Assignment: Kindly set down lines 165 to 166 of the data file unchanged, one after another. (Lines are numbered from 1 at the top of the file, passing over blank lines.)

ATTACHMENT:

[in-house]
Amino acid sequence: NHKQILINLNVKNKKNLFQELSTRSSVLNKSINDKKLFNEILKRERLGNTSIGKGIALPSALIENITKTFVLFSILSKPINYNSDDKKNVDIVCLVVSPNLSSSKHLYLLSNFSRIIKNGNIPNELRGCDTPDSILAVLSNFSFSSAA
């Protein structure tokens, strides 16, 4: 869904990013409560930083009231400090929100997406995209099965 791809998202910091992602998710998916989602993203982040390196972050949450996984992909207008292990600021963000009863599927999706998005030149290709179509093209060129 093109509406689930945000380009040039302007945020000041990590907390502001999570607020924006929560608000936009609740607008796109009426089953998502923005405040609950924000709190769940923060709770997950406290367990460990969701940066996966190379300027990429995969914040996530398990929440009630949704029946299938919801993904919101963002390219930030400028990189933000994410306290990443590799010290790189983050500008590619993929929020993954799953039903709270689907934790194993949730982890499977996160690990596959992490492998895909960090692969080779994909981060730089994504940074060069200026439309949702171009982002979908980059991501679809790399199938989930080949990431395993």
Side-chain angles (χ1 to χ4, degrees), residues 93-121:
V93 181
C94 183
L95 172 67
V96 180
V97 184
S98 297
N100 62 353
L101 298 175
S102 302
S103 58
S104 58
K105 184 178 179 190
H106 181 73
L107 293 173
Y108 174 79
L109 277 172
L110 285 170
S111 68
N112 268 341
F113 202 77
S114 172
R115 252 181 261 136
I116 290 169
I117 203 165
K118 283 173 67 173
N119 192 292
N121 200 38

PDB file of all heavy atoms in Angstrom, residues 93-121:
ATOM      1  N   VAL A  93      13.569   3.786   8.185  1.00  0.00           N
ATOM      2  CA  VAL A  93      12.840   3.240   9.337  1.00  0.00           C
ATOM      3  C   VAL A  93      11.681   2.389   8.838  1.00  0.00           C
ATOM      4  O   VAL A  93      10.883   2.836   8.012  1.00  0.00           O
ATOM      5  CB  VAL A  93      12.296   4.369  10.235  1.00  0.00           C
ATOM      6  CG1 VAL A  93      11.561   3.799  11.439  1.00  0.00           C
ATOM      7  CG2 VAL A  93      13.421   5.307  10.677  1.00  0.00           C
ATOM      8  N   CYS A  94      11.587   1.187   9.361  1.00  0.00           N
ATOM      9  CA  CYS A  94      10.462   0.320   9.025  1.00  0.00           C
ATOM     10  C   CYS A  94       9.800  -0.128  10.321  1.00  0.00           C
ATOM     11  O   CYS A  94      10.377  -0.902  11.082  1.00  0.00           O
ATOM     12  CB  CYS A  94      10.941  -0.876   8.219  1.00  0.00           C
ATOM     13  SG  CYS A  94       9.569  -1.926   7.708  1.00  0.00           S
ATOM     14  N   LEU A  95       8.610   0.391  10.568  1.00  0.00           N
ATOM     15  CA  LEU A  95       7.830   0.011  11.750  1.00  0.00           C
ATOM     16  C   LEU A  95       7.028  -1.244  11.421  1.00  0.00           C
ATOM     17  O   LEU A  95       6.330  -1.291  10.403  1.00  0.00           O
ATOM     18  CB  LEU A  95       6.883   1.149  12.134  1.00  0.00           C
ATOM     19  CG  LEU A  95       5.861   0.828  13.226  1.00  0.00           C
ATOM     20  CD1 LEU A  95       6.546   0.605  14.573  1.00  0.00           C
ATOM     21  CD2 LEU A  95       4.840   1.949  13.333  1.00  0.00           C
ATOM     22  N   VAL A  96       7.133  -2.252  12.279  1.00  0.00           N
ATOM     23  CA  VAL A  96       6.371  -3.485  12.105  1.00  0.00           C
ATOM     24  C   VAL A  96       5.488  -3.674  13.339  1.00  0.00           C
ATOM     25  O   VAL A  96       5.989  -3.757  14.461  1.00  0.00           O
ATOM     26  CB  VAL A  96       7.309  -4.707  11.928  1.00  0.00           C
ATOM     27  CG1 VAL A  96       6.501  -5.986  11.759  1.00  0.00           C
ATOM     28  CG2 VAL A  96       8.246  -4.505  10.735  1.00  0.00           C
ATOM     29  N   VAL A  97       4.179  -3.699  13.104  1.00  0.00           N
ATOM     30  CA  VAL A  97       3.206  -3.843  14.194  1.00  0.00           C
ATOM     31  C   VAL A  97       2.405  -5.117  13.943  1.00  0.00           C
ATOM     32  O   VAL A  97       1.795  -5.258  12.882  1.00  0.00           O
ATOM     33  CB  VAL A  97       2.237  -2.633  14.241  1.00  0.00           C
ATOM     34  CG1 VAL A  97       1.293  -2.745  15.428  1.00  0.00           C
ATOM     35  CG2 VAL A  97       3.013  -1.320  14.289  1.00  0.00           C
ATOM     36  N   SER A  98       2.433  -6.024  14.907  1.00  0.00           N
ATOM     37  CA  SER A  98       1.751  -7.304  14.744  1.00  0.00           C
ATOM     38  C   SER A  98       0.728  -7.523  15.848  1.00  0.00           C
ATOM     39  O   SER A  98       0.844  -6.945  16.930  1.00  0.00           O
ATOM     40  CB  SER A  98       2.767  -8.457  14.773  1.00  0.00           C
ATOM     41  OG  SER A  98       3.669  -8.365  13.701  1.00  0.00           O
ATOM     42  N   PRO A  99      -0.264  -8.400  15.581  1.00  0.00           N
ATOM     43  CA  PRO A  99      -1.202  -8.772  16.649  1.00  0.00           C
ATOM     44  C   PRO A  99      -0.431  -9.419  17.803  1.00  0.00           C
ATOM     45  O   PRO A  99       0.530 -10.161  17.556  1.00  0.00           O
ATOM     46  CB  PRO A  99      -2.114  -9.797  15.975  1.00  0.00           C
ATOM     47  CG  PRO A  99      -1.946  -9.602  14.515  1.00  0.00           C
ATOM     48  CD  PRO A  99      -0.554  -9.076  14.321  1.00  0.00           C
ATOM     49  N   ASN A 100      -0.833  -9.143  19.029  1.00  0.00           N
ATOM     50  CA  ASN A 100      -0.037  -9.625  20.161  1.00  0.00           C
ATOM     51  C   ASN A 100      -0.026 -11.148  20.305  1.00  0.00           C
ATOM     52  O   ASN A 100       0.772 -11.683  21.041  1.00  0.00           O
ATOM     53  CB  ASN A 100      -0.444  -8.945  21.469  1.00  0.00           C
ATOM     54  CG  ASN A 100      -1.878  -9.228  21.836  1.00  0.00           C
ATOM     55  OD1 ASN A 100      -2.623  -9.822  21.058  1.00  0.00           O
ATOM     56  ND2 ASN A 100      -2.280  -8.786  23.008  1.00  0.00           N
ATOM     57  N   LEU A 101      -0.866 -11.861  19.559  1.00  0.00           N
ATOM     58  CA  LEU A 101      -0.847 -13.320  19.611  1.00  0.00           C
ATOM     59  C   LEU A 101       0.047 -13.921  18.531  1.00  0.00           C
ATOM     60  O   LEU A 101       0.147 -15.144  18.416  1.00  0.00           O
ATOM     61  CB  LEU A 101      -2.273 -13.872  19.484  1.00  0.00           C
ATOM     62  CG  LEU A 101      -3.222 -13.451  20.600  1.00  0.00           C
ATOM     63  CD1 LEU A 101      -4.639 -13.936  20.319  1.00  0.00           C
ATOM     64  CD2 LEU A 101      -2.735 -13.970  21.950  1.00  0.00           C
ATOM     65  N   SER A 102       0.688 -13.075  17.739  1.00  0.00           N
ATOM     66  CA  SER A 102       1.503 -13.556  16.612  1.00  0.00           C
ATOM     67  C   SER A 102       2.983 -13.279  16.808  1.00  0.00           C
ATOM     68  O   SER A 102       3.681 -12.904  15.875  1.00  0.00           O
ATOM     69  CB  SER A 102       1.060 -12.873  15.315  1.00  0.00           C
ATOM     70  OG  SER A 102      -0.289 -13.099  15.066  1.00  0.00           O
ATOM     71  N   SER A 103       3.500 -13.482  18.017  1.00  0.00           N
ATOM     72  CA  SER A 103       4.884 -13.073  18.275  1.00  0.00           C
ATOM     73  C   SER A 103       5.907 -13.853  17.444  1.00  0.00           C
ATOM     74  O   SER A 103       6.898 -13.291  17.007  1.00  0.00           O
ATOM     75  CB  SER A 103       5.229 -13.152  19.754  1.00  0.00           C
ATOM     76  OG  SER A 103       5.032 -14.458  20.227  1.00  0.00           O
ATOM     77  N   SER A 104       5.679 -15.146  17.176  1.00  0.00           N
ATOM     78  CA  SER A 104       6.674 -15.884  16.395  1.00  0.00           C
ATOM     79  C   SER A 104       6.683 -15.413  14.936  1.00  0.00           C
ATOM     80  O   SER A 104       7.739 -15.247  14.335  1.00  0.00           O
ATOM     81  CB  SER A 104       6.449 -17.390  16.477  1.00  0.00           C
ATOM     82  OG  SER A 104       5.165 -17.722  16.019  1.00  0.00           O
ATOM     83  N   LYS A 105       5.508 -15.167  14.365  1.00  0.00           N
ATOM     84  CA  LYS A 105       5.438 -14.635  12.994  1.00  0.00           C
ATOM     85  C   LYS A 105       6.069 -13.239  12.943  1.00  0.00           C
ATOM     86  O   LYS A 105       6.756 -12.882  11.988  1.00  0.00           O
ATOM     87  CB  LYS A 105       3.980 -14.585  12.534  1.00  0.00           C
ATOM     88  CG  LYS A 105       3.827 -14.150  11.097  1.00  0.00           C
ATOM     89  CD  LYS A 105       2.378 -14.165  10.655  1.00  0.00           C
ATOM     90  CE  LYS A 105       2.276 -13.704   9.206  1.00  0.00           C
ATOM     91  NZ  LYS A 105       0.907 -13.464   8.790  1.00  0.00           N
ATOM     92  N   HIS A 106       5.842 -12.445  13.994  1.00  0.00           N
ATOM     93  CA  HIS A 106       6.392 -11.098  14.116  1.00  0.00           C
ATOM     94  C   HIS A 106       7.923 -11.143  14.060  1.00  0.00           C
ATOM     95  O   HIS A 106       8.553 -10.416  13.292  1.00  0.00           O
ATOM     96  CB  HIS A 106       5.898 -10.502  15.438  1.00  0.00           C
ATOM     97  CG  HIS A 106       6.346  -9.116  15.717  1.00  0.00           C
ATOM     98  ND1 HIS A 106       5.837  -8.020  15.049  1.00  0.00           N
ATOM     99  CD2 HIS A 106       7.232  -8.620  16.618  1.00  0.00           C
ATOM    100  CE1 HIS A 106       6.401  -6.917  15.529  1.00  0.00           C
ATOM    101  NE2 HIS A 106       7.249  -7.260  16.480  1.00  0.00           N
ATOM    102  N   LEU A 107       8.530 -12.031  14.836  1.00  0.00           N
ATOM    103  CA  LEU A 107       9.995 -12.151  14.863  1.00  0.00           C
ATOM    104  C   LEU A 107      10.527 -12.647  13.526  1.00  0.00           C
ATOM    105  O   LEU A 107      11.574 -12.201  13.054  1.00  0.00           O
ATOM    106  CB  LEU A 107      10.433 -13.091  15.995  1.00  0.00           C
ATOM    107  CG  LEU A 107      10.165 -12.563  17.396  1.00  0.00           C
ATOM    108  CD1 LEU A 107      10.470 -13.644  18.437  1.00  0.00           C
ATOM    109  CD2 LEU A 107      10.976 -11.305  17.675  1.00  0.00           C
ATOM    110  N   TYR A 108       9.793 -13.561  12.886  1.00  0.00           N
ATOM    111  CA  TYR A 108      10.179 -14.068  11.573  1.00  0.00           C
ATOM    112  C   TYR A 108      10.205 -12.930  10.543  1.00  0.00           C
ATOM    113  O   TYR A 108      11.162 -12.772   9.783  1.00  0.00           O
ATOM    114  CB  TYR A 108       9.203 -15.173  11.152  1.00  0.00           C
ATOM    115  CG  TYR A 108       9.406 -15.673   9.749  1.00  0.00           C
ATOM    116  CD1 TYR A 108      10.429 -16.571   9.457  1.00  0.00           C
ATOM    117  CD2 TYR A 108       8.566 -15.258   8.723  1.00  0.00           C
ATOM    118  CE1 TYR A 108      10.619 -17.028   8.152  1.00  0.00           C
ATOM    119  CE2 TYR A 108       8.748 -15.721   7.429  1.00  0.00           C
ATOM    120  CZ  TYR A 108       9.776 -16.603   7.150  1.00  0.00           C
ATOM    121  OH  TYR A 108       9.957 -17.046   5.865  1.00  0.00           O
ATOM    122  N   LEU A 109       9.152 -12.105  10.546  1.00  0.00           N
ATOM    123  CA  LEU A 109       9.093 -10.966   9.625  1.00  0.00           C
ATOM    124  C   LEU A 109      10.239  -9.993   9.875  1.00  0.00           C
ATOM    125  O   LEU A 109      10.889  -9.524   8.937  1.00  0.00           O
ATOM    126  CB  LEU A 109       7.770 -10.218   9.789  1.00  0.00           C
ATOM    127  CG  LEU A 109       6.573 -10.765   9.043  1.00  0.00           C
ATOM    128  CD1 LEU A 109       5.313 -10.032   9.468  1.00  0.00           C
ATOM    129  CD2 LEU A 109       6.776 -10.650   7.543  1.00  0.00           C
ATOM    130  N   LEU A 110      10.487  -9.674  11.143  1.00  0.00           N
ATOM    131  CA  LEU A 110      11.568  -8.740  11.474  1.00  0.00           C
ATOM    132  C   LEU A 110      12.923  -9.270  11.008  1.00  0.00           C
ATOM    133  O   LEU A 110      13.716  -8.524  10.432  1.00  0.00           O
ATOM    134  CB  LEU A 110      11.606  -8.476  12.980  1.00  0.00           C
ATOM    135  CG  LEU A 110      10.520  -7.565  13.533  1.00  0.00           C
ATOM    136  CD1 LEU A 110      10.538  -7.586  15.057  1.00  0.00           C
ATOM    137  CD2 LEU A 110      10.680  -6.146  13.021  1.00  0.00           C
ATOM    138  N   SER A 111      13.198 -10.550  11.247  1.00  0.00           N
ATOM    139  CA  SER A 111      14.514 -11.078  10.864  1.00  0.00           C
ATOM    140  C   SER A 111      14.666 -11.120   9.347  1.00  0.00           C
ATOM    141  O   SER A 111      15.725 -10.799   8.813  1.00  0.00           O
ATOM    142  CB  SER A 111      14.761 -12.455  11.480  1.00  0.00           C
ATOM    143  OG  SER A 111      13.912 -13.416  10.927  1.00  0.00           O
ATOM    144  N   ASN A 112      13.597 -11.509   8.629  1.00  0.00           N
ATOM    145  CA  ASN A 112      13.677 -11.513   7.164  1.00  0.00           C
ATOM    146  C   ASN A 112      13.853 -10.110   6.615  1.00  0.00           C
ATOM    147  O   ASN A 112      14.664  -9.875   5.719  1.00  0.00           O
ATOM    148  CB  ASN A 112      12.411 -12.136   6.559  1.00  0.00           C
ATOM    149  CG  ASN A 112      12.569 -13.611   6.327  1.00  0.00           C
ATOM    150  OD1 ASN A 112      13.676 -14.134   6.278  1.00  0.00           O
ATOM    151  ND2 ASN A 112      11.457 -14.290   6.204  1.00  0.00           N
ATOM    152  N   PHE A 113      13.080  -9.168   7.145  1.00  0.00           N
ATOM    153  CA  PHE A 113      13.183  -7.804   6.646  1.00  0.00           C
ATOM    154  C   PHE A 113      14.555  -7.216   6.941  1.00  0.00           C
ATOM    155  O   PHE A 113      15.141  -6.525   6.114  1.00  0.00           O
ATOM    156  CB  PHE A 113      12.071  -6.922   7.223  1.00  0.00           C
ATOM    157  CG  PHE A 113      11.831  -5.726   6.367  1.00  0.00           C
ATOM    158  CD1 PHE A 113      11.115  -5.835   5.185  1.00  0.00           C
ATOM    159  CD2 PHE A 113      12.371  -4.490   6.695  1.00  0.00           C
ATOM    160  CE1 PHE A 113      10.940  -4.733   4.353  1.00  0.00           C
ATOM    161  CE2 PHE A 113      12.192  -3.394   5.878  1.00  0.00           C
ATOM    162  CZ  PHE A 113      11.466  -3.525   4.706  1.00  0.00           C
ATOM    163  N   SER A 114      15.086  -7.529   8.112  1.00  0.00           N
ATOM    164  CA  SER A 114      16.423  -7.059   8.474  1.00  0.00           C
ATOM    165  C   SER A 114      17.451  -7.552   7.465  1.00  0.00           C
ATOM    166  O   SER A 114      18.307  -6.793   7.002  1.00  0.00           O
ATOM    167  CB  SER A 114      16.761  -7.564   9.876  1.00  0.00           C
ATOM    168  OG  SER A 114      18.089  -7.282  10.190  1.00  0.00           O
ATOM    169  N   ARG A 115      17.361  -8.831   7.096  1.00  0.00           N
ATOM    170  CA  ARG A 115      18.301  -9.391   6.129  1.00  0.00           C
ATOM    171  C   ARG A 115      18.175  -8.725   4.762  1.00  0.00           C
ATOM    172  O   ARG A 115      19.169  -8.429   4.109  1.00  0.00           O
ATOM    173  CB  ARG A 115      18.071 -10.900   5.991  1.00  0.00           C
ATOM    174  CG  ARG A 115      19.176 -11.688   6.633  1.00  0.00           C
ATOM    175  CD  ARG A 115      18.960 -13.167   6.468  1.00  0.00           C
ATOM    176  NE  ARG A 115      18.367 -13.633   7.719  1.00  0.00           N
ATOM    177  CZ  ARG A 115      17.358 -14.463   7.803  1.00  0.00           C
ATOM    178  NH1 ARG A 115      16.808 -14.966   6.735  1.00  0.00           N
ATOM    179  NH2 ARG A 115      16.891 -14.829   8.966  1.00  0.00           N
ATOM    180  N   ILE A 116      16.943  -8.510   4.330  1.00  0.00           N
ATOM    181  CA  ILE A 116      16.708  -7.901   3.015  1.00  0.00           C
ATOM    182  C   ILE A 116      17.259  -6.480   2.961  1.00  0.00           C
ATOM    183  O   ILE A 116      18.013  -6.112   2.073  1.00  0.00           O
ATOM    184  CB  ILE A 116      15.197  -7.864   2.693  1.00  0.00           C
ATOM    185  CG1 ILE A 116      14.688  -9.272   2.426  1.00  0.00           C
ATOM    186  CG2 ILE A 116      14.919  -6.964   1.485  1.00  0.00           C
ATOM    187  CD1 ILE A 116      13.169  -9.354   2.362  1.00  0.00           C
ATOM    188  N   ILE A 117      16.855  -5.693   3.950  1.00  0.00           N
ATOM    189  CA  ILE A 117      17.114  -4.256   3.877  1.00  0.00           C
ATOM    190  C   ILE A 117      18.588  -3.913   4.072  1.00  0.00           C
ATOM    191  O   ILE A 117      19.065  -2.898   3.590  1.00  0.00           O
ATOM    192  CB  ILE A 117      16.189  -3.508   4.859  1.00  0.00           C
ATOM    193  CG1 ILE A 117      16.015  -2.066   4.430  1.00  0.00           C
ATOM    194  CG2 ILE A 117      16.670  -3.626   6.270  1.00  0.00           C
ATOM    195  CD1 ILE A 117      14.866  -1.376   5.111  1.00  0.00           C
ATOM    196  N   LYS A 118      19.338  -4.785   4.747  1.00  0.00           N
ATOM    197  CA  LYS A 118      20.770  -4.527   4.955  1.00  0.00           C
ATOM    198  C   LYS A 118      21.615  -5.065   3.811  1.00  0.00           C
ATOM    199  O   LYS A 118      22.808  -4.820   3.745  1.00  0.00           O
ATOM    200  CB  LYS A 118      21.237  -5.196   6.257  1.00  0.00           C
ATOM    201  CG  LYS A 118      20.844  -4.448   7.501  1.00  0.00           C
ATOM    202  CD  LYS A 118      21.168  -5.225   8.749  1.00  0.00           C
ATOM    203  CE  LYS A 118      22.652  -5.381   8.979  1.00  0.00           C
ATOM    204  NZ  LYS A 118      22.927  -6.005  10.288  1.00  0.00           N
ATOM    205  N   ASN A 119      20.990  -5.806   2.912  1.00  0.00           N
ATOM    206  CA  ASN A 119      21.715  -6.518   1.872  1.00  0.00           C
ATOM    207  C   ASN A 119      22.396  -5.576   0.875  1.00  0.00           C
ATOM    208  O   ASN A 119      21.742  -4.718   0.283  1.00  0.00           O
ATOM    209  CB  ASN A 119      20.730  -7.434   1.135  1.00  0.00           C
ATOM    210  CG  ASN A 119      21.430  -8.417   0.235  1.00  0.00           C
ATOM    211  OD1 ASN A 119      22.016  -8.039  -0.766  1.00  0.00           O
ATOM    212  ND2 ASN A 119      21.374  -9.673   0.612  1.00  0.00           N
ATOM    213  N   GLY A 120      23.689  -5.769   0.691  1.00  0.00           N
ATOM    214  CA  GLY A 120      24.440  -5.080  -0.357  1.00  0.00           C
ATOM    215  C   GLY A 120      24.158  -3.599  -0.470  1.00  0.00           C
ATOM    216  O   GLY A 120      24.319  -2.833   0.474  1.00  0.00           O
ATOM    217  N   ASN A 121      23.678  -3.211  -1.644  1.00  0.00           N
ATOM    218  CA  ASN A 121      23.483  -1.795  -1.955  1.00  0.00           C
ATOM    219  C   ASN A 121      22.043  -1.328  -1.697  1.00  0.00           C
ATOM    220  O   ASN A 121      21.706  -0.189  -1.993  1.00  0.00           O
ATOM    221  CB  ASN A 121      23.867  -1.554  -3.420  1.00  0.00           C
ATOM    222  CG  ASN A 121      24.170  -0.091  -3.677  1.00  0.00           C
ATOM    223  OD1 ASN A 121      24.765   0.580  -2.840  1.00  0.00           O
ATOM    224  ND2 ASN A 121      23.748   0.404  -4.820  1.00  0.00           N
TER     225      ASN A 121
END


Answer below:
ATOM    133  O   LEU A 110      13.716  -8.524  10.432  1.00  0.00           O
ATOM    134  CB  LEU A 110      11.606  -8.476  12.980  1.00  0.00           C